It might take longer than usual to get your tax refund this year
If, like many other people who live and work in Germany, you will soon submit your annual tax return in hope of a refund, you might have to wait a while until the money lands in your bank account. According to a report in Bild, the tax offices are currently overloaded, and delays are likely.
Tax offices in Germany overloaded, delays likely
The energy relief package passed by Germany’s traffic light government earlier this year has included a lot of much-needed financial cushioning for consumers, but it’s also proving, in true German style, to be a bit of an administrative headache for government agencies.
This is because the 300-euro energy relief payment in particular, which was also paid out to pensioners in December, is subject to income tax and so, for many people, the policy will change their tax liability. More people than usual will therefore be submitting a tax return, piling additional work on the responsible tax offices and likely causing delays in how quickly they can send out tax assessments and issue refunds.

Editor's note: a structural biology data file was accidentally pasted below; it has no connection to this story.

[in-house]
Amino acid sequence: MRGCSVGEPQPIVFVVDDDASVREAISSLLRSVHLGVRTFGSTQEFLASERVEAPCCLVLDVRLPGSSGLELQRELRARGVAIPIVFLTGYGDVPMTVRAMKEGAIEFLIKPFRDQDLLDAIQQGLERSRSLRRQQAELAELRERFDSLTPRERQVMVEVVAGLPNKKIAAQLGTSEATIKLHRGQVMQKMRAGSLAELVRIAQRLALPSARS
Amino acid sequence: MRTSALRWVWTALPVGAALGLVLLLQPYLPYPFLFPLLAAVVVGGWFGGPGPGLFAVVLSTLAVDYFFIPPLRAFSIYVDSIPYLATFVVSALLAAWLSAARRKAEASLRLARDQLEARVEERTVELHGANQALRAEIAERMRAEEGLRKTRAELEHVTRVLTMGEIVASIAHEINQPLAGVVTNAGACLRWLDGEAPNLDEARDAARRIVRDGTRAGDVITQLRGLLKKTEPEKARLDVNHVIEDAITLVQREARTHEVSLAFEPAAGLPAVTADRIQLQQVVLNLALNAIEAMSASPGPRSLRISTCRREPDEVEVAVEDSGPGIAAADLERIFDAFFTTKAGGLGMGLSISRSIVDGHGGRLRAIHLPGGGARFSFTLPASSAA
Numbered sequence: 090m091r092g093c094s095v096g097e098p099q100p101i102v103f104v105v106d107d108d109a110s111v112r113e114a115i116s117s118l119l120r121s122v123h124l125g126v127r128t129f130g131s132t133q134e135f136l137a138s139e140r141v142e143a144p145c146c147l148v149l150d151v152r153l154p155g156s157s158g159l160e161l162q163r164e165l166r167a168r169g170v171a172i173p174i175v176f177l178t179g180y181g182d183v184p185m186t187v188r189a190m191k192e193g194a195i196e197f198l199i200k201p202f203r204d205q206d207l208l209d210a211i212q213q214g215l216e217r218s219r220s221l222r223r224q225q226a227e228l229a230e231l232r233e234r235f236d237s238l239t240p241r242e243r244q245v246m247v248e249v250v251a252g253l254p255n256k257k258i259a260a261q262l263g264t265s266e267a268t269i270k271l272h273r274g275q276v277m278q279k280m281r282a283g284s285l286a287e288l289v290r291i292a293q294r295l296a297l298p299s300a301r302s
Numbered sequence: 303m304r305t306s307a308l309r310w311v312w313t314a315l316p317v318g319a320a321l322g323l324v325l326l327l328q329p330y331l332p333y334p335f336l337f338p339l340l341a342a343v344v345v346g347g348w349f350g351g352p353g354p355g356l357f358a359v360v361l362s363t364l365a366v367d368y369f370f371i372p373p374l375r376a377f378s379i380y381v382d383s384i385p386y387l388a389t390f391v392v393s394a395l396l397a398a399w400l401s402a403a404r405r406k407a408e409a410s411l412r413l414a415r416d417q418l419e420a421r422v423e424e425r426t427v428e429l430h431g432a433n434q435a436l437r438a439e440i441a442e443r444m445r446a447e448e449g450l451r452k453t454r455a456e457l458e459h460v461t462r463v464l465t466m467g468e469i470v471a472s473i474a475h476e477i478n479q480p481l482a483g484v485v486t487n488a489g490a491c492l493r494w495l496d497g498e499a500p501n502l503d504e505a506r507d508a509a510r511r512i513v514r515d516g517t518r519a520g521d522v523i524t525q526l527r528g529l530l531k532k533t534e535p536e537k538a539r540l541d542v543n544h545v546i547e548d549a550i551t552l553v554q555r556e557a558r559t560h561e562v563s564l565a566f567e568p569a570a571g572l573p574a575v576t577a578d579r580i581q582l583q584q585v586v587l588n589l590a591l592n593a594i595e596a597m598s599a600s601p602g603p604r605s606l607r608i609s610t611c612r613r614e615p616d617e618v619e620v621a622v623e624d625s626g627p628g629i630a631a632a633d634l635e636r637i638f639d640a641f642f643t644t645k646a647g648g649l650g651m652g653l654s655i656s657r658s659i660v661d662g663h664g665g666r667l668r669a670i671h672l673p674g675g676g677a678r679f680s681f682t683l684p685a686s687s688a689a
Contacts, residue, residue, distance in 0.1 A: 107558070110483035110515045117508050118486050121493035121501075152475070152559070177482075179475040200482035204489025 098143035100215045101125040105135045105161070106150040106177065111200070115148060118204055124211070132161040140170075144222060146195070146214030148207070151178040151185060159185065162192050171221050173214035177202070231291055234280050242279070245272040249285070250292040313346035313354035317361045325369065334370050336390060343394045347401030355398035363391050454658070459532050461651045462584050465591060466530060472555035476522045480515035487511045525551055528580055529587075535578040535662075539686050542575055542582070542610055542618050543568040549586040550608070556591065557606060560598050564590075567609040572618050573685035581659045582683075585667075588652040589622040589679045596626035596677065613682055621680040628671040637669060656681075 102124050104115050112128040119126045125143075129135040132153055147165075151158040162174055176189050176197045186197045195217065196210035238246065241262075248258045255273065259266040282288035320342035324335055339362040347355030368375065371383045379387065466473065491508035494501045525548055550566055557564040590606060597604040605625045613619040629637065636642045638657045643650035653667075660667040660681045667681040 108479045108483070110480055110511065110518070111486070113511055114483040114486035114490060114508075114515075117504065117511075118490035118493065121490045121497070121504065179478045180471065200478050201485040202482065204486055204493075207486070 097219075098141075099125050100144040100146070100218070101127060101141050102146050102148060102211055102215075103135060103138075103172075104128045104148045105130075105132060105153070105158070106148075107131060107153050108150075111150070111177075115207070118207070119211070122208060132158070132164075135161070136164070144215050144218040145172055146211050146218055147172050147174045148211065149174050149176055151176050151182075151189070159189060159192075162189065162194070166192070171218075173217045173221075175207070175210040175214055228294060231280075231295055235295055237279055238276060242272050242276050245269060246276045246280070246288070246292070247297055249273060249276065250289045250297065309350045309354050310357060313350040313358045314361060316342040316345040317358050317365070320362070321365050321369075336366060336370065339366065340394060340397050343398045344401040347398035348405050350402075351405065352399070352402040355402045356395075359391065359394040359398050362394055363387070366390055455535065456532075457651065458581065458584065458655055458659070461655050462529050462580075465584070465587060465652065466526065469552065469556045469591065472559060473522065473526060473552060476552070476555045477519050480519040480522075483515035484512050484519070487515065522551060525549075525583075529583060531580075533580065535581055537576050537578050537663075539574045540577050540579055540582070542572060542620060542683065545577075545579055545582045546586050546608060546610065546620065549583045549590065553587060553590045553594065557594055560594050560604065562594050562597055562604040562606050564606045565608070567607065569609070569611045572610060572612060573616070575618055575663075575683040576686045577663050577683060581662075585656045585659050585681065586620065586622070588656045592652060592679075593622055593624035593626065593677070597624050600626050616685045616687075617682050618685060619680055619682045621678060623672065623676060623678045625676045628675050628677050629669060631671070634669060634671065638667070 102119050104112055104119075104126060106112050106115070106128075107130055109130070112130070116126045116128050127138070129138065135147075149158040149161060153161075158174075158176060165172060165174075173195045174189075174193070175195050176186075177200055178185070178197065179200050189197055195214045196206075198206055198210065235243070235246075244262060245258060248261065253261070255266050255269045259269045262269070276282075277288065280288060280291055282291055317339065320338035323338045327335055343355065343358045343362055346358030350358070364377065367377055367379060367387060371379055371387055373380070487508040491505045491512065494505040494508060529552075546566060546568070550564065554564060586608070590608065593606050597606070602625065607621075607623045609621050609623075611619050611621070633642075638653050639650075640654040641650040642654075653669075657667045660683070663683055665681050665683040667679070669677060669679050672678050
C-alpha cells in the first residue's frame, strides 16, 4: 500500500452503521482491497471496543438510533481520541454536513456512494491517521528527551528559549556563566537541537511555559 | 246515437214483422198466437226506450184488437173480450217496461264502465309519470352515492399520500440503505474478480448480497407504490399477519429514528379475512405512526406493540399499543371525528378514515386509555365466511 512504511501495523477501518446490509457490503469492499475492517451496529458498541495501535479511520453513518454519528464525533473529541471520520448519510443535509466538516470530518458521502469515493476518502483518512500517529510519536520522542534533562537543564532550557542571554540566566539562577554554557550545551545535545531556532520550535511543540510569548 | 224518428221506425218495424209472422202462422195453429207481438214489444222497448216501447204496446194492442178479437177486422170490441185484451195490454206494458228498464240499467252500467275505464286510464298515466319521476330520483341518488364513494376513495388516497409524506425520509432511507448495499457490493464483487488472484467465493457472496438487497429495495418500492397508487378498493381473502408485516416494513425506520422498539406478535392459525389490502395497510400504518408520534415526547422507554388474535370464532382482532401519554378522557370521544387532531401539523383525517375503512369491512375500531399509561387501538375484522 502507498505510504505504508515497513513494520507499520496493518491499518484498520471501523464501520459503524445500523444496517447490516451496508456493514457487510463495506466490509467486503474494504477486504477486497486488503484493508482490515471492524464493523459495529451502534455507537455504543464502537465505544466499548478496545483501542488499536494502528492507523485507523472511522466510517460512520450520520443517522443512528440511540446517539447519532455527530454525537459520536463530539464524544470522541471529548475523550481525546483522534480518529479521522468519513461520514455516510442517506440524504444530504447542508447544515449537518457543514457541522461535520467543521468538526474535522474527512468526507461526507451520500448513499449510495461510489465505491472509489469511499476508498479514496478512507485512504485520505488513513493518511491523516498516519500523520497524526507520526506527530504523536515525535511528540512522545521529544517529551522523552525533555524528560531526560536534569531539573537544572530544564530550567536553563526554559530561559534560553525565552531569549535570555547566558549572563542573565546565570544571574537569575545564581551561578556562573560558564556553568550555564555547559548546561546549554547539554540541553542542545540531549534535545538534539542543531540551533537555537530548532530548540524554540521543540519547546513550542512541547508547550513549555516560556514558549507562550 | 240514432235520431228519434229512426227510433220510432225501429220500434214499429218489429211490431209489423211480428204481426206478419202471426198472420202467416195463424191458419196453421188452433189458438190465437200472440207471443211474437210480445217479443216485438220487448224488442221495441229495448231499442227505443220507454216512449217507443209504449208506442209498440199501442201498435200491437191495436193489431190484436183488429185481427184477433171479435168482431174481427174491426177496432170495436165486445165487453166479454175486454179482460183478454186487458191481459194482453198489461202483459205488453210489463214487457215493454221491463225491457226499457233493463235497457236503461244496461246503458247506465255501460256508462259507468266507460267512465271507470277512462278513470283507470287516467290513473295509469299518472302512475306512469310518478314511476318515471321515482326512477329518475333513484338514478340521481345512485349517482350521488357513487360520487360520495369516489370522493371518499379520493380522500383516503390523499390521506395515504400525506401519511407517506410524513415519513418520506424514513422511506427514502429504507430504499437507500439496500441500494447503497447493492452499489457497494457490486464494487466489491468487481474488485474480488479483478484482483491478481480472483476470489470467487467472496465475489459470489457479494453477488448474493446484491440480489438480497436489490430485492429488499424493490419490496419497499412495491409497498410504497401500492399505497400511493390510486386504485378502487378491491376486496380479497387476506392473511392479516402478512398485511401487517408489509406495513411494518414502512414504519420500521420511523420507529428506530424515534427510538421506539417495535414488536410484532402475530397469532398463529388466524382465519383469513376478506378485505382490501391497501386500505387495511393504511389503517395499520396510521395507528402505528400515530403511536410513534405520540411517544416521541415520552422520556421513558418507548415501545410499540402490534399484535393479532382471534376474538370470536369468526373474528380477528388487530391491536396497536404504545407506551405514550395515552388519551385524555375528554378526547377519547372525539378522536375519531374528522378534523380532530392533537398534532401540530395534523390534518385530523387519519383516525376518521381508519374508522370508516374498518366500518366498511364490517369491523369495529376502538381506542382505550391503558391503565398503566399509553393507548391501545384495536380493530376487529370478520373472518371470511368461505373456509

Delayed refunds pile pressure on consumer finances
Florian Köbler, head of the tax union, told Bild the additional tax administration amounted to a “horror.” He said, “The number of tax returns has skyrocketed and the tax offices, which are already working to the limit, can no longer keep up with the processing.”
“Citizens must therefore be prepared for months of delays. This is particularly bitter for people who have planned tax refunds in their budget,” he said to Bild. “Because they have to wait longer until the payout ends up in their account.”
CDU social expert Dennis Radtke told Bild that the delays amount to a scandal when so many people are already facing overstretched finances. He suggested that, just in the way taxpayers must pay penalties if they are late settling their tax bill, perhaps the tax office should also pay compensation to those who receive their refunds with a delay.